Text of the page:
All information provided here comes from the Telephone Consumer Protection Act (TCPA), codified in 47 U.S.C. 227. The law was originally passed in 1991 and has been amended by the CAN-SPAM Act of 2003 and the Junk Fax Prevention Act of 2005. These regulations alone provide the backbone of every defense against the undesired cash calls that hound annuitants.
First and most importantly: the TCPA requires that companies respect the wishes not to be contacted by anyone who has put their phone number on either the National Do-Not-Call Registry, or on a company’s internal Do-Not-Call Registry. The TCPA obliges all companies engaged in sales calls to maintain such a registry as to complement the national registry in the event that a person decides to accept calls from one company and not another. If a person is on either the internal do-not-call list or the national list then that person shall not be contacted for a period of 5 years.
It is important for annuitants to be aware that if you have expressly instructed, requested, or demanded that a company stop contacting you, then that company is obliged to honor your wishes for a period of 5 years. If a company calls again, they are in violation. An annuitant is not required to be a part of the National Do-Not-Call Registry to avoid unwanted calls. All one must do is inform the solicitor not to call again. If you are already on the National Do-Not-Call Registry, then any call made to you is in violation of the TCPA.
Under no circumstances are the use of auto-dialing phone systems or systems that use pre-recorded messages permissible to cell phones, emergency lines (i.e. 911), hospitals, assisted living or elderly care homes, or any mobile device permitted. Pre-recorded messages or messages that use an artificial voice, are not permitted at all, unless in emergency situations.
Each violation of the TCPA comes with a penalty of between $500 to $1,500 per contact attempt. This isn’t a case of $1,500 for a single attempt to contact someone, when it took seven calls before a potential customer picked up the phone. If a company has attempted to contact an annuitant seven times, and each time is a violation, then a fine between $3,500 to $10,500 can be levied. In addition to fines, violators are also subject to injunctions.
As an annuitant, there are few cases when contact with you is regarded as a perfectly fair and legal in terms of a phone call. If you are using a cell phone, only companies that have done business with you in the past are legally permitted to contact you regarding previous business conducted. If at any point you instruct the company not to contact you again, they are obliged to honor that for 5 years regardless of the previous business relationship for the purpose of sales. If they contact you as a result of a contractual relationship or as routine business practice that has nothing to do with making future sales, then the call is perfectly acceptable and is not in violation of the TCPA. Likewise, informational phone calls are also acceptable. The primary protection that the TCPA affords you is in terms of sales. If a call can be seen as making a sale of some kind, then the call can be seen as a violation of the TCPA.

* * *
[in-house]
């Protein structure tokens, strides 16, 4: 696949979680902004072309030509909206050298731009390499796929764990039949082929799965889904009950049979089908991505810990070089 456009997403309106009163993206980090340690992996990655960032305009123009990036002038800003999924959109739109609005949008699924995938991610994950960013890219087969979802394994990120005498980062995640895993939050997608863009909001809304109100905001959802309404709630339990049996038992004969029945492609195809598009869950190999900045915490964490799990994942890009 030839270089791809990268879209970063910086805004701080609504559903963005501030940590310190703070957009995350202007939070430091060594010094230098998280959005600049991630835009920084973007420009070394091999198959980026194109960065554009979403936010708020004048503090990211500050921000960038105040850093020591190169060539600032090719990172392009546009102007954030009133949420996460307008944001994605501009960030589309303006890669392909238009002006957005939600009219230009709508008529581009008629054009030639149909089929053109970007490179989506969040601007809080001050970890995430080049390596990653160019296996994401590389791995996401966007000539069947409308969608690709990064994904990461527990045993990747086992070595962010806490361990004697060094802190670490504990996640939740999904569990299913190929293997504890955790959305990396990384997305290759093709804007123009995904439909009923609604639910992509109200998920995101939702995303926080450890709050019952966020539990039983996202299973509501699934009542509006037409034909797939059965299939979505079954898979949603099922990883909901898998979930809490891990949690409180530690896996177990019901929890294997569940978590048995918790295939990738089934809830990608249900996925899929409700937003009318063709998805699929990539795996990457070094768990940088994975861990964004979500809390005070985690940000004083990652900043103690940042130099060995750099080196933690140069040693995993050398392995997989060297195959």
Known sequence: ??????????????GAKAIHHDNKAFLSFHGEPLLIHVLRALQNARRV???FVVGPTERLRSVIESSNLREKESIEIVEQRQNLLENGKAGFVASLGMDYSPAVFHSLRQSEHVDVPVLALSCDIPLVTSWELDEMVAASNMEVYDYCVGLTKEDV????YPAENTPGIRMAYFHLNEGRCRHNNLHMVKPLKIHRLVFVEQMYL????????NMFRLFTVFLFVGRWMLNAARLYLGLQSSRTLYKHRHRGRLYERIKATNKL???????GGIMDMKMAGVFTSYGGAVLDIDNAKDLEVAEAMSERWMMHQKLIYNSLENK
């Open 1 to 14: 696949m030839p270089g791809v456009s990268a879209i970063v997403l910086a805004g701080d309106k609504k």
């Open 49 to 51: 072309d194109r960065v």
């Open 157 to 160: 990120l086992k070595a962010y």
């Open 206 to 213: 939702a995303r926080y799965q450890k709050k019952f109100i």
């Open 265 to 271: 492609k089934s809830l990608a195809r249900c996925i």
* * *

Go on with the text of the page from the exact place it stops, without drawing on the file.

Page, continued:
If there is a time lag between you answering the phone and when someone responds on the other line, it may indicate the use of an auto-dialing machine. Use of such a machine is strictly prohibited at all times for the purposes of sales calls and therefore the company is in violation of the TCPA.
Deceptive Sales Tactics
The TCPA obliges all callers to identify both themselves and the companies they represent, along with appropriate contact information for the reference of the potential customer, in this case the annuitant. A phone number, e-mail address, and physical mailing address are all to be provided without the express request or demand of the annuitant. If the salesman is evasive or fails to properly identify himself or herself, this is a violation of the TCPA; if the annuitant asks for contact information and is refused, this is an automatic violation. Regardless of whether the annuitant receives the information up front or asks and then receives the information, if the information is false or misleading, then the call is in violation of the TCPA. Basically, if someone is pretending to call from another company an annuitant may have had a previous business relationship with, this is a complete violation of the TCPA.
What can you do?
Join the National Do-Not-Call Registry from the phone you don’t want to receive calls on. Please go to https://www.donotcall.gov/ to add your number to the list or file a complaint.
Beyond filing a complaint with the proper agency, be aware that there may be class action suits for you to be a part of. Companies that engage in aggressive sales tactics (www.factoringethics.com for more information) by not respecting either their own internal do-not-call registries or the national registry must be stopped cold in their tracks. Take a stand and recover potential damages from them by contacting an attorney.